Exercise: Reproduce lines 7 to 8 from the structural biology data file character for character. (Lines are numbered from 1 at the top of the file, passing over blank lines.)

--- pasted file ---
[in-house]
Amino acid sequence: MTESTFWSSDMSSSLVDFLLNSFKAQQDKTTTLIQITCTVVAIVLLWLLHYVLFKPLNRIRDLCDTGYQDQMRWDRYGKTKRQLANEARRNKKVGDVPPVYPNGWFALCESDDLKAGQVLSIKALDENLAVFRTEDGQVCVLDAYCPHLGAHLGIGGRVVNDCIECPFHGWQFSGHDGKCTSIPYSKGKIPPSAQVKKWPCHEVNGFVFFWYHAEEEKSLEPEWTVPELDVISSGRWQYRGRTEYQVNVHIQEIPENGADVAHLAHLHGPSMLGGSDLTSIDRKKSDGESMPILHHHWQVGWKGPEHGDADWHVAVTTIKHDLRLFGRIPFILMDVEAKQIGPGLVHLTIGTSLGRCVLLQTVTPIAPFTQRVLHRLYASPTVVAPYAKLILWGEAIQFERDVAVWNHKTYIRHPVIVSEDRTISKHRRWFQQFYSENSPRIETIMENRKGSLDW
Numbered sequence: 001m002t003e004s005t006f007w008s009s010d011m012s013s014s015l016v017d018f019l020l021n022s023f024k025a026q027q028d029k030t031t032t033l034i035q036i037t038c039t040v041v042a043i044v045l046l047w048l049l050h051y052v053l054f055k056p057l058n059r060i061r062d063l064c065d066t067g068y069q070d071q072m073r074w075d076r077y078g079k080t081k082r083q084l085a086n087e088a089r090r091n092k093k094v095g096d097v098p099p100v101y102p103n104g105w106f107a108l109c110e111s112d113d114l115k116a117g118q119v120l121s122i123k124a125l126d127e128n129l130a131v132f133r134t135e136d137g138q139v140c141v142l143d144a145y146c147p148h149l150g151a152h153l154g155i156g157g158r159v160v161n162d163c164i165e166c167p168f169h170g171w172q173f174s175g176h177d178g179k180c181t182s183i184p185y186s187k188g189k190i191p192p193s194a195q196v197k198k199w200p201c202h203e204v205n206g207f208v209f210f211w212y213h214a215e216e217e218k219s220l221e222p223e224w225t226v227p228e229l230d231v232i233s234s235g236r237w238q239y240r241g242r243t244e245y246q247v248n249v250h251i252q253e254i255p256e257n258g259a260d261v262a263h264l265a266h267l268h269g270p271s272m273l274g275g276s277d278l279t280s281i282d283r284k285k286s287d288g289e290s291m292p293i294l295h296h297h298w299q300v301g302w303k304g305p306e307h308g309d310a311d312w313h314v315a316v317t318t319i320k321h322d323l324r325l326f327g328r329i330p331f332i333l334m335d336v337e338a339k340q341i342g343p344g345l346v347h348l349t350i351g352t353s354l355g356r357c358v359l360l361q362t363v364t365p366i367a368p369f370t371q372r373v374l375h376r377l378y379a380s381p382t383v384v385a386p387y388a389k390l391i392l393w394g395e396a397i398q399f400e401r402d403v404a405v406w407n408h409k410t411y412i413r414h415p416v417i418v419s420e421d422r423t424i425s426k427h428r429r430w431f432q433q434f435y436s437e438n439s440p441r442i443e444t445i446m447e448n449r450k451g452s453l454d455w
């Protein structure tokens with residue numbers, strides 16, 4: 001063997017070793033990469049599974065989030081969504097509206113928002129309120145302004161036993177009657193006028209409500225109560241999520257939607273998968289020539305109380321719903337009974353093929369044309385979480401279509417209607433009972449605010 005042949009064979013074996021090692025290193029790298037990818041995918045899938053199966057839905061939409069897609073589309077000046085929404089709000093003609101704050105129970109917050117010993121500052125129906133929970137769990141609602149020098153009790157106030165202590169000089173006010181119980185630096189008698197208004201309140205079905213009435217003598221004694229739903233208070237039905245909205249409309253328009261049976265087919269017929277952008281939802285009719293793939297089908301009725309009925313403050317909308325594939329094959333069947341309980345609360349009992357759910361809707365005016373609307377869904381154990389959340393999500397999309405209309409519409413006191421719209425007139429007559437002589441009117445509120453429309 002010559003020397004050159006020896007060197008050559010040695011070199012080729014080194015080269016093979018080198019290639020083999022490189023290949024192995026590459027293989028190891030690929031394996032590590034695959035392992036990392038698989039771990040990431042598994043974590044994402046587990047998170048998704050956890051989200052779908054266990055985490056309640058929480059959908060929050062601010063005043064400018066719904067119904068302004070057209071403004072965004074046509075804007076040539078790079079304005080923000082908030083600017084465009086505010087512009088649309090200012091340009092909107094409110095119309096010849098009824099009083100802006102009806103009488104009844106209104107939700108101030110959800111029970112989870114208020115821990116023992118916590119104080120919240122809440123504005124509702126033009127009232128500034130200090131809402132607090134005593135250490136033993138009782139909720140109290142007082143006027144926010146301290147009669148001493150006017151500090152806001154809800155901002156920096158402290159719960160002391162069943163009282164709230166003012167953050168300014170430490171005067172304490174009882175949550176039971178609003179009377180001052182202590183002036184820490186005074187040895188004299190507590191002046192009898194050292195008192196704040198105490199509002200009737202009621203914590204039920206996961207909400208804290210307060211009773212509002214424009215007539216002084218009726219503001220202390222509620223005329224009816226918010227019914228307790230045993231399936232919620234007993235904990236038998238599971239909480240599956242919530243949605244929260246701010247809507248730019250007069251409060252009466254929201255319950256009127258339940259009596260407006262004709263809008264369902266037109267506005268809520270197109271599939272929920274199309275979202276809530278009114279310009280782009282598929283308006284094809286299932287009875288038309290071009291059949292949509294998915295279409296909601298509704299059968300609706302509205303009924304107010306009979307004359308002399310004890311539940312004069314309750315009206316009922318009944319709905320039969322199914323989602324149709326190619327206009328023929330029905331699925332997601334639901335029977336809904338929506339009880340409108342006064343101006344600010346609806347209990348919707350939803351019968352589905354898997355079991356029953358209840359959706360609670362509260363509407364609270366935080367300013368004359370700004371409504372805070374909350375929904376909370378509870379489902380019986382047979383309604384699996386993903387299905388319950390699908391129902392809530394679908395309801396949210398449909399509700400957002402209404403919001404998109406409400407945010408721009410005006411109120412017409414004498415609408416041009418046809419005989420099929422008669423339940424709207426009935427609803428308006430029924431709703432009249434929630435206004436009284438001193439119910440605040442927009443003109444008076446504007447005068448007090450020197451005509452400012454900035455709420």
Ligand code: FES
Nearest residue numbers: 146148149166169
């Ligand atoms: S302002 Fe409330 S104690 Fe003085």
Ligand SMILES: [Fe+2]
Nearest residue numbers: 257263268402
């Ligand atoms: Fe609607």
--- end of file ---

């Ligand atoms: S302002 Fe409330 S104690 Fe003085």
Ligand SMILES: [Fe+2]